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If you think your waistline is the only thing being affected by your food choices, it is time to think again. In fact, many of the foods we eat everyday might be causing major damage to the planet.

The foods we buy represent a ton of energy and water that we never see as consumers. Looking at a small chocolate bar on a shelf, you only get a quick glimpse into the lifecycle that brought it to that store. Considering the process from farm to production and distribution, that seemingly tiny package proves to have a large environmental footprint.

Taking a deeper look into the lifecycle of some of the most environmentally destructive foods, we came up with a list of the top 10 offenders. By avoiding some of the most harmful foods, you can help limit your own environmental impact and protect the planet in the process.

1. Lamb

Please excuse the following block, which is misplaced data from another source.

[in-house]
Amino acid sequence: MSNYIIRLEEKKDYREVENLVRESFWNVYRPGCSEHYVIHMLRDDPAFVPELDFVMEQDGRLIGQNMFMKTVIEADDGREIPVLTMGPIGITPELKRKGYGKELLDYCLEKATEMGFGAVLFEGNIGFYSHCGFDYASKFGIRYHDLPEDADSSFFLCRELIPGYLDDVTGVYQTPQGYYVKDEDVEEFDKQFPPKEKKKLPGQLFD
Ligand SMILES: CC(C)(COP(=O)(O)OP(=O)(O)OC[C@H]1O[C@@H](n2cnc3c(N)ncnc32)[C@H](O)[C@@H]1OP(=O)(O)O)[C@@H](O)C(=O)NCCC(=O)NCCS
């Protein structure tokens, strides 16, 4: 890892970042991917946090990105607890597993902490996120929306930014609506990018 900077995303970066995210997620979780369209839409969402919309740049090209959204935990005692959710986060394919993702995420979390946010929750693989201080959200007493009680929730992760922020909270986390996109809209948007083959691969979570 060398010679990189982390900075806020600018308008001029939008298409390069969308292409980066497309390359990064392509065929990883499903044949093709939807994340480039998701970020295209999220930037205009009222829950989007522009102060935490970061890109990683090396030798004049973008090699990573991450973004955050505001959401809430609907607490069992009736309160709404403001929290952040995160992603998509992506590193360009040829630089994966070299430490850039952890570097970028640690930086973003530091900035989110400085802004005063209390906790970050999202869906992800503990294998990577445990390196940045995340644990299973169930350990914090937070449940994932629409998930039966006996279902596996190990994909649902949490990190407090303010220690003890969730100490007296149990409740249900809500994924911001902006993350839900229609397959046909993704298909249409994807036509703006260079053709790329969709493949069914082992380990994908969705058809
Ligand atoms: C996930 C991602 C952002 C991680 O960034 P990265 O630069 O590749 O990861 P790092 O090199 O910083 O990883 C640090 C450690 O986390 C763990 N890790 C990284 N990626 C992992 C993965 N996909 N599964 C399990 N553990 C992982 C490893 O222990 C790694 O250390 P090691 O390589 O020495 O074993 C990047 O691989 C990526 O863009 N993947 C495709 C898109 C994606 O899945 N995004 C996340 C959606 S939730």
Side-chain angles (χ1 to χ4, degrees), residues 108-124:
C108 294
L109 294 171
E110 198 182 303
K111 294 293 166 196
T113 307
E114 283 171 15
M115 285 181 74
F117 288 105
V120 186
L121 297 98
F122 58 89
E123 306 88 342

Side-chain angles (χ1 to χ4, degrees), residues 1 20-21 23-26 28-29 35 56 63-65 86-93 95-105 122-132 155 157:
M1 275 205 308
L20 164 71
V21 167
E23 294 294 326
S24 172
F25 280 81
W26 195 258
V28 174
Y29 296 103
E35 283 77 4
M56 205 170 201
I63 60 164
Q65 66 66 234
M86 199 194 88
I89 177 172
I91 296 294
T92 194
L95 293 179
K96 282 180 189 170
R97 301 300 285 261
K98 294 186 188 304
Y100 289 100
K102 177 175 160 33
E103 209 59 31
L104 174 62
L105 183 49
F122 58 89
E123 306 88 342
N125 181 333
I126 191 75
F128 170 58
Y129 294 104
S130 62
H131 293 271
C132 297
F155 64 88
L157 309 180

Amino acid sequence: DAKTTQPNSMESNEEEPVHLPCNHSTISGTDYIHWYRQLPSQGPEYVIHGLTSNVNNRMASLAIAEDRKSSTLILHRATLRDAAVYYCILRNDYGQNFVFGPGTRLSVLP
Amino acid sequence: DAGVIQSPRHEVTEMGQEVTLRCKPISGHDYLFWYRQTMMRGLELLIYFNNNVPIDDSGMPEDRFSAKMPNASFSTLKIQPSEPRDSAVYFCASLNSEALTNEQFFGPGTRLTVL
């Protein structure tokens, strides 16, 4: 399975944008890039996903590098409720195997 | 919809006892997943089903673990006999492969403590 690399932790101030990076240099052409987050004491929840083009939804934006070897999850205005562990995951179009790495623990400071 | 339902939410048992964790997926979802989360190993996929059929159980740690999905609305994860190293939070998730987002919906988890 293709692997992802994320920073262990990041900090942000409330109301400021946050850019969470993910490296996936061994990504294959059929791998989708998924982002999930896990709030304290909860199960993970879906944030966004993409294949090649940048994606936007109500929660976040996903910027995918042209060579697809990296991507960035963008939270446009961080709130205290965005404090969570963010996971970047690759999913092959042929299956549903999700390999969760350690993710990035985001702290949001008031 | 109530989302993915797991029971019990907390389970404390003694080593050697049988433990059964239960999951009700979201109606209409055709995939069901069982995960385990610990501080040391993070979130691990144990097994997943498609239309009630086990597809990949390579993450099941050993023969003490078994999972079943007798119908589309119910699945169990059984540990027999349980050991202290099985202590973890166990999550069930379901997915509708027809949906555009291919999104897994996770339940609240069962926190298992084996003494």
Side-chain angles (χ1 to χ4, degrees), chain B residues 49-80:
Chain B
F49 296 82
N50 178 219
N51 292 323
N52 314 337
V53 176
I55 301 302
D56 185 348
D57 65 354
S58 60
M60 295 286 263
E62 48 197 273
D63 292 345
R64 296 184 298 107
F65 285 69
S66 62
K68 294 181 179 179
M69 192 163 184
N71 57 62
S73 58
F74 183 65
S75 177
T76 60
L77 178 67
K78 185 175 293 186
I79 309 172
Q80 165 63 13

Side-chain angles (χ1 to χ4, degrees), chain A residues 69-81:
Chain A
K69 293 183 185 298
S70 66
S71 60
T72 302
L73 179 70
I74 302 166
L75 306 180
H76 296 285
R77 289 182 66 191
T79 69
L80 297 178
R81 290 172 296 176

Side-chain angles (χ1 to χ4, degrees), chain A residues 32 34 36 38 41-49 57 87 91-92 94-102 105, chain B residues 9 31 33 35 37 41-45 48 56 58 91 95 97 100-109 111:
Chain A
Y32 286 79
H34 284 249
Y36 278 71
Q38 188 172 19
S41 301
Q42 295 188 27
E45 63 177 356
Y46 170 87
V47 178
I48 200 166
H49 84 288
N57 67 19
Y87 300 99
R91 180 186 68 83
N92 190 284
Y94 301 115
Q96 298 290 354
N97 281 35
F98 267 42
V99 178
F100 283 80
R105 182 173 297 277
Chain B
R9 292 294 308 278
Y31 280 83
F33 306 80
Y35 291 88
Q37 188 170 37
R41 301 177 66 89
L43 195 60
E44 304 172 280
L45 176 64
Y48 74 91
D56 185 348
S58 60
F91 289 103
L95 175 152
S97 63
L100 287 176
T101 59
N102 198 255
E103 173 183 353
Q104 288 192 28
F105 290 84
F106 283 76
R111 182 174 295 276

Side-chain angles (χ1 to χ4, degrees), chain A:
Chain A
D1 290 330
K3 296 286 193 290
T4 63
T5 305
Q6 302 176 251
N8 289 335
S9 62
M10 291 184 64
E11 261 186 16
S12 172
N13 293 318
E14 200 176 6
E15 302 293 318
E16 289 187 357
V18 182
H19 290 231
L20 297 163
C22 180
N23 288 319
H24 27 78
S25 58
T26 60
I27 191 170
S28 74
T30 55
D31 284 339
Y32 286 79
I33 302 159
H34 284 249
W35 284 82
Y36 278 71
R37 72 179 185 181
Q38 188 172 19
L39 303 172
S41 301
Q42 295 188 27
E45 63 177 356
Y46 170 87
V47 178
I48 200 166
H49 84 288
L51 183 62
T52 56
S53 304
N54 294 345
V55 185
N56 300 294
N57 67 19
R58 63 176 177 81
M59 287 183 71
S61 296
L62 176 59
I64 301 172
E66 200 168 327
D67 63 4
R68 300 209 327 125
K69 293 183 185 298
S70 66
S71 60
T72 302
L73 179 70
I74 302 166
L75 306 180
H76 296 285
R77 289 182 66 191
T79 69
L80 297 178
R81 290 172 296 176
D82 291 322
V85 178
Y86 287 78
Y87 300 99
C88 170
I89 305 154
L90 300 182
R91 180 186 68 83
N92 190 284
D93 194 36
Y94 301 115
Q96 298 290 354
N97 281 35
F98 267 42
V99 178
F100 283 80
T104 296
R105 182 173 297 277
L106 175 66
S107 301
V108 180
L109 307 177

According to the Environmental Working Group, every four oz. of lamb consumed is equivalent to driving seven miles in your car.  That’s an average of about 20 kilograms of CO2 released into the atmosphere for every pound of lamb. Every 2 pounds of lamb produced requires 2,314 gallons of water.

 2. Beef

A close second to lamb, beef production releases the equivalent of driving about 6 ½ miles in your car for every four oz. consumed. It also requires over 2,400 gallons of water to produce one pound of beef.

 3. Corn

Cornfields span over 97 million acres in the US—about twice the size of New York State. American cornfields consume over 6 billon gallons of freshwater each year. On average, one acre of corn uses 60 gallons of fossil fuels in production and distribution—that’s more than it takes to fill up the average American car 5 times!

4. Soybeans

Soy’s impact on the environment comes from forest clearing. Forests act like carbon sinks, trapping carbon dioxide from entering the atmosphere. In Brazil, the area of forest cleared for soybean plantations is responsible for the release of over 473 million tons of carbon dioxide. Every 2 pounds of soybeans produced requires about 530 gallons of water, one bushel of soybeans weighs about 60 pounds.

5. Palm Oil

Palm oil is a vegetable oil that makes its way into about 50 percent of all consumer goods, so everything from margarine to shampoo to fuels. Deforestation related to palm oil is estimated to contribute more than 558 million metric tons of CO2 to the atmosphere by 2020.

 6. Chocolate